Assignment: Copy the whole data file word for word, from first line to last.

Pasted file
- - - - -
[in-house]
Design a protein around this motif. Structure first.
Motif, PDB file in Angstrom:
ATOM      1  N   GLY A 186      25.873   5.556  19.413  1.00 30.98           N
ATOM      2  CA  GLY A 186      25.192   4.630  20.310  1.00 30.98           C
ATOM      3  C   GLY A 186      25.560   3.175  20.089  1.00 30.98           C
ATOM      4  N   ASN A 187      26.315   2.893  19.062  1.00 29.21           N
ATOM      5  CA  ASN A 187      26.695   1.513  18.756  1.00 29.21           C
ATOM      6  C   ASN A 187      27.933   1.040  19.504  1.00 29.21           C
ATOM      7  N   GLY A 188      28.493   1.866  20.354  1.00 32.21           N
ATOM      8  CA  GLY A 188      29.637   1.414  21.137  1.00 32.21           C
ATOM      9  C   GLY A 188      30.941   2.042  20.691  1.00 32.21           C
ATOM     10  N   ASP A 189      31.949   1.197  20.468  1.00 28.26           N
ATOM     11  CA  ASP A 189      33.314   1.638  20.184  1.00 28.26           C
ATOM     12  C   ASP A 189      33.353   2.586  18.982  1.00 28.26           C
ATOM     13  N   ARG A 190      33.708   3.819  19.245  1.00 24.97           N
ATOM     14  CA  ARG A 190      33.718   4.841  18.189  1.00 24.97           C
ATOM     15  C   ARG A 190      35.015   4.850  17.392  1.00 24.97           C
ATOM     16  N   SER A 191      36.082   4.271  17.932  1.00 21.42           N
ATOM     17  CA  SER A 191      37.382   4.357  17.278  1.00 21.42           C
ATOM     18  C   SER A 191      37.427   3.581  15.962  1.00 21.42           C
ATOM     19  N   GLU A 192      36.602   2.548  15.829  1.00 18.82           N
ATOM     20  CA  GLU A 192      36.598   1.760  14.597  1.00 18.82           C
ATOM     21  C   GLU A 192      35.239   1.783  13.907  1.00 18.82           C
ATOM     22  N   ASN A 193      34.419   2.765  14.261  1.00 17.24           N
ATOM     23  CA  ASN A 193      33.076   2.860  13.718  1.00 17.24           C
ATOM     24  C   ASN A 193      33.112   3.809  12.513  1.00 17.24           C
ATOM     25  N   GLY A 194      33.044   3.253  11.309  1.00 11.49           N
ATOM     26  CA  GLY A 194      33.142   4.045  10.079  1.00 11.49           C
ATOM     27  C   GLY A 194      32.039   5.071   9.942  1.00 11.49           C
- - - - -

[in-house]
Design a protein around this motif. Structure first.
Motif, PDB file in Angstrom:
ATOM      1  N   GLY A 186      25.873   5.556  19.413  1.00 30.98           N
ATOM      2  CA  GLY A 186      25.192   4.630  20.310  1.00 30.98           C
ATOM      3  C   GLY A 186      25.560   3.175  20.089  1.00 30.98           C
ATOM      4  N   ASN A 187      26.315   2.893  19.062  1.00 29.21           N
ATOM      5  CA  ASN A 187      26.695   1.513  18.756  1.00 29.21           C
ATOM      6  C   ASN A 187      27.933   1.040  19.504  1.00 29.21           C
ATOM      7  N   GLY A 188      28.493   1.866  20.354  1.00 32.21           N
ATOM      8  CA  GLY A 188      29.637   1.414  21.137  1.00 32.21           C
ATOM      9  C   GLY A 188      30.941   2.042  20.691  1.00 32.21           C
ATOM     10  N   ASP A 189      31.949   1.197  20.468  1.00 28.26           N
ATOM     11  CA  ASP A 189      33.314   1.638  20.184  1.00 28.26           C
ATOM     12  C   ASP A 189      33.353   2.586  18.982  1.00 28.26           C
ATOM     13  N   ARG A 190      33.708   3.819  19.245  1.00 24.97           N
ATOM     14  CA  ARG A 190      33.718   4.841  18.189  1.00 24.97           C
ATOM     15  C   ARG A 190      35.015   4.850  17.392  1.00 24.97           C
ATOM     16  N   SER A 191      36.082   4.271  17.932  1.00 21.42           N
ATOM     17  CA  SER A 191      37.382   4.357  17.278  1.00 21.42           C
ATOM     18  C   SER A 191      37.427   3.581  15.962  1.00 21.42           C
ATOM     19  N   GLU A 192      36.602   2.548  15.829  1.00 18.82           N
ATOM     20  CA  GLU A 192      36.598   1.760  14.597  1.00 18.82           C
ATOM     21  C   GLU A 192      35.239   1.783  13.907  1.00 18.82           C
ATOM     22  N   ASN A 193      34.419   2.765  14.261  1.00 17.24           N
ATOM     23  CA  ASN A 193      33.076   2.860  13.718  1.00 17.24           C
ATOM     24  C   ASN A 193      33.112   3.809  12.513  1.00 17.24           C
ATOM     25  N   GLY A 194      33.044   3.253  11.309  1.00 11.49           N
ATOM     26  CA  GLY A 194      33.142   4.045  10.079  1.00 11.49           C
ATOM     27  C   GLY A 194      32.039   5.071   9.942  1.00 11.49           C